Department of the Air Force remains focused on suicide prevention

  • Published
  • Secretary of the Air Force Public Affairs

In 2019, the Department of the Air Force suicide count and rate were the highest in recent history.

Initially in 2020, suicide numbers declined but as the coronavirus pandemic continued, the suicide trajectory increased and returned to the high levels experienced the previous year.

The Department’s efforts to address these trends focus on improving care for Airmen, Guardians and families. In 2019, the former chief of staff of the Air Force directed a Resilience Tactical Pause to combat the increasing suicide trend, providing the opportunity for Total Force Airmen to gather with their leaders and coworkers to focus on connectedness and resilience. In 2020, the Air Force shifted to remaining socially connected and physically distanced emphasizing the challenges of the COVID-19 environment.

“One suicide is too many. Our forces and families, like most Americans, experienced many stressors related to the pandemic and loss of connections,” said Brig. Gen. Claude Tudor, Air Force integrated resilience director.

The Department’s suicide prevention strategy can be summarized as: ‘connect, detect, protect and equip.’

“Leaders must connect with their teammates to detect those at risk,” Tudor said. “Simultaneously, we must create protective environments that encourage help-seeking and equip Airmen, Guardians and family members with the resources needed to meet the life stressors we face.”

To empower families, the Department developed an online, family-based suicide prevention training to educate and equip family members when dealing with the signs and symptoms of suicide.

“Families are a key sensor and solution to our care and support ecosystem,” Tudor said. “They are often the first to sense distress in their Airmen or Guardians. They are the key to finding potential solutions to prevent suicide and other issues associated with interpersonal and self-directed violence.”

Additionally, the Department of the Air Force distributed more than 200,000 gunlocks in 2020.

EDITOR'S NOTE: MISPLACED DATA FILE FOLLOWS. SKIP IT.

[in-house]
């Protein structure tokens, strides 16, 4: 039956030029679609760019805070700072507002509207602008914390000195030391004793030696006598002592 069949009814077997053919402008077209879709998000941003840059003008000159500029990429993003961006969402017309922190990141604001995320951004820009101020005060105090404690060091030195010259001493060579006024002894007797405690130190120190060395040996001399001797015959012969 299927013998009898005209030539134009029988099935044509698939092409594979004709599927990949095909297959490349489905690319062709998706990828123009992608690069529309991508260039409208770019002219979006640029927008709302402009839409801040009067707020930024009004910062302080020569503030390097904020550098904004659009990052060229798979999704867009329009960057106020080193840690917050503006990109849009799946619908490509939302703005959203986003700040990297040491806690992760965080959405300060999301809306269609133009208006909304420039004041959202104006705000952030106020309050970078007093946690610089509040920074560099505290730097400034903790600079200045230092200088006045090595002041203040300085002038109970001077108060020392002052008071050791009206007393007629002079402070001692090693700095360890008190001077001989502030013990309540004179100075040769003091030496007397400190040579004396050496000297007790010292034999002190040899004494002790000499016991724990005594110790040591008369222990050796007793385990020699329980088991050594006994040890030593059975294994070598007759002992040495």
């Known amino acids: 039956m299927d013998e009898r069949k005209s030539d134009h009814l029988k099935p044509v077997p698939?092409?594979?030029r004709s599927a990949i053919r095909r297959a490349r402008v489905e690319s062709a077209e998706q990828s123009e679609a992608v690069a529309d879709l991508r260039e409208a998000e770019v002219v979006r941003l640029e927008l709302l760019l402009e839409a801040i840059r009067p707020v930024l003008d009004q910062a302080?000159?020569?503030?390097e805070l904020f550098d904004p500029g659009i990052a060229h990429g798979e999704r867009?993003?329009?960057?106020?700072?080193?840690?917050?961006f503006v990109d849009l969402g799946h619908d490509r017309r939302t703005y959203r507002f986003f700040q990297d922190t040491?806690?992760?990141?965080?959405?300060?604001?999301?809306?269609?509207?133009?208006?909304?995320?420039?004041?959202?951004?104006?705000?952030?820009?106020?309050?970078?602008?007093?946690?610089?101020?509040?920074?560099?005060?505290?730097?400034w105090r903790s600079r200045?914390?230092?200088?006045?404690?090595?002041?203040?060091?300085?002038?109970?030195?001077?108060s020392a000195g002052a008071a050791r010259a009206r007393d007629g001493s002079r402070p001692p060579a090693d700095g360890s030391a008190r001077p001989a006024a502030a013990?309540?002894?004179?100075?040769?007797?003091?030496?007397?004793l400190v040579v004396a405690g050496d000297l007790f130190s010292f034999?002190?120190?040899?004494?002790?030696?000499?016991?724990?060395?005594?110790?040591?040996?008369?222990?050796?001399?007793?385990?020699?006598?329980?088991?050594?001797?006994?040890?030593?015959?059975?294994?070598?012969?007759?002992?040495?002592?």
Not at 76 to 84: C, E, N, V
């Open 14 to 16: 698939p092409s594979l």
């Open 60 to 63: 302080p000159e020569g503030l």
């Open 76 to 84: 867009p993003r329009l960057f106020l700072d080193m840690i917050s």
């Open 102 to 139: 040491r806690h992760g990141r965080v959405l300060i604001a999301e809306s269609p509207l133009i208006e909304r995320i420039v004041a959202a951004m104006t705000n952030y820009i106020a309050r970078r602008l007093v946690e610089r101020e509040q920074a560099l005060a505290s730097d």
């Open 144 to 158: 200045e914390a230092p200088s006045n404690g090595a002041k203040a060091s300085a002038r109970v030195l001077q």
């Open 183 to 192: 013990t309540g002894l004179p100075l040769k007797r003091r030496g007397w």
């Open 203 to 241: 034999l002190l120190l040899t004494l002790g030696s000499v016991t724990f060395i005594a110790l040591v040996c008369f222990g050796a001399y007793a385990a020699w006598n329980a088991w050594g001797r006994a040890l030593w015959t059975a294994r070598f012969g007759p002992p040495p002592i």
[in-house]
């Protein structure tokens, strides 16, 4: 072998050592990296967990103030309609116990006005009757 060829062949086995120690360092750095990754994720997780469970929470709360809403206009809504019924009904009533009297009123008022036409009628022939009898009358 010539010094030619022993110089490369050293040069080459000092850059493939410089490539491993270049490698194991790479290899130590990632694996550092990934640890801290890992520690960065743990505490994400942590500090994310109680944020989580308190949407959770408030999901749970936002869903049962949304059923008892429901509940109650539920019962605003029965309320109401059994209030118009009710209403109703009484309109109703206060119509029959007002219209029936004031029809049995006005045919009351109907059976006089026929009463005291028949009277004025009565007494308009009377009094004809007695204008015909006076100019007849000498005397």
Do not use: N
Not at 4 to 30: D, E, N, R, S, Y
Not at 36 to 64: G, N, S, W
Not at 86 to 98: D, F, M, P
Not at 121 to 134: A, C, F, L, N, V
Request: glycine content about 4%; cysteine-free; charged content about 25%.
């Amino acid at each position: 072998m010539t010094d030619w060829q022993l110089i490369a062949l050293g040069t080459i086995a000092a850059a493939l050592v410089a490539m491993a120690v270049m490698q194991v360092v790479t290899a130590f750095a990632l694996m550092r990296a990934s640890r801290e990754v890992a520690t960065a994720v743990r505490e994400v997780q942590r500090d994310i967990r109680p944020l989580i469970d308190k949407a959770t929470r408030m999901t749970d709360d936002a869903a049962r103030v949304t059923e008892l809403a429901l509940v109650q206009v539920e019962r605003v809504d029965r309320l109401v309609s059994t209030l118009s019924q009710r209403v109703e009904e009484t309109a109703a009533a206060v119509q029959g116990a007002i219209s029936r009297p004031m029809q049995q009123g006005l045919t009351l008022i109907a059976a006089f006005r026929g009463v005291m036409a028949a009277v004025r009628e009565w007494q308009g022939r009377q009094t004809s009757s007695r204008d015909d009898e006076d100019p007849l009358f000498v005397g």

“Since 2015, personally-owned firearms are involved in more than 70% of Department of the Air Force suicide deaths,” said Maj. Jordan Simonson, Air Force suicide prevention research scientist. “Putting time and space between a person in distress and access to lethal means can make all the difference in preventing injury.”

“We encourage ‘going SLO,’” Simonson said. “Using safes, locks or outside the home storage options help prevent accidents and intentional self-harm.”

Finding solutions to suicide is a continuous process that requires continuous refinement and collaboration.

“For 2021 and beyond, it’s an all-hands-on-deck engagement strategy,” Tudor said. “It will take all of us across all levels of command alongside our Total Force teammates to get after the programs, tools and resources available and put them into practice. We need to maintain engagements with our sister services, academia, industry and other government agencies to refine our approach and implement new evidence-based solutions.”

“We remain focused on suicide prevention and keeping our Airmen’s resiliency as a priority,” said Air Force Chief of Staff Gen. Charles Q. Brown, Jr. “We can never stop working to find ways to combat suicide and take care of our Airmen and their families.”

The Department will hold a resiliency strategy summit this April where a diverse group of resiliency experts, civilian organizations, families and military members from all Department of the Air Force components will gather to propose a new resiliency strategy to meet today’s demanding environment.

“We are committed to seeking innovative ways to better care for Guardians and their families, as well as the Airmen who support our Space Force team,” said Chief of Space Operations Gen. John W. “Jay” Raymond. “We are establishing and distilling a unique culture across this new service, one that values help-seeking and fosters resilience.”

During the summit, experts will review a vast collection of data from across the Air and Space Forces gathered by family, spouses and service members. This collection will help the Department analyze this data and continue to refine the new strategy that senior leaders will learn from to make future decisions for the Department.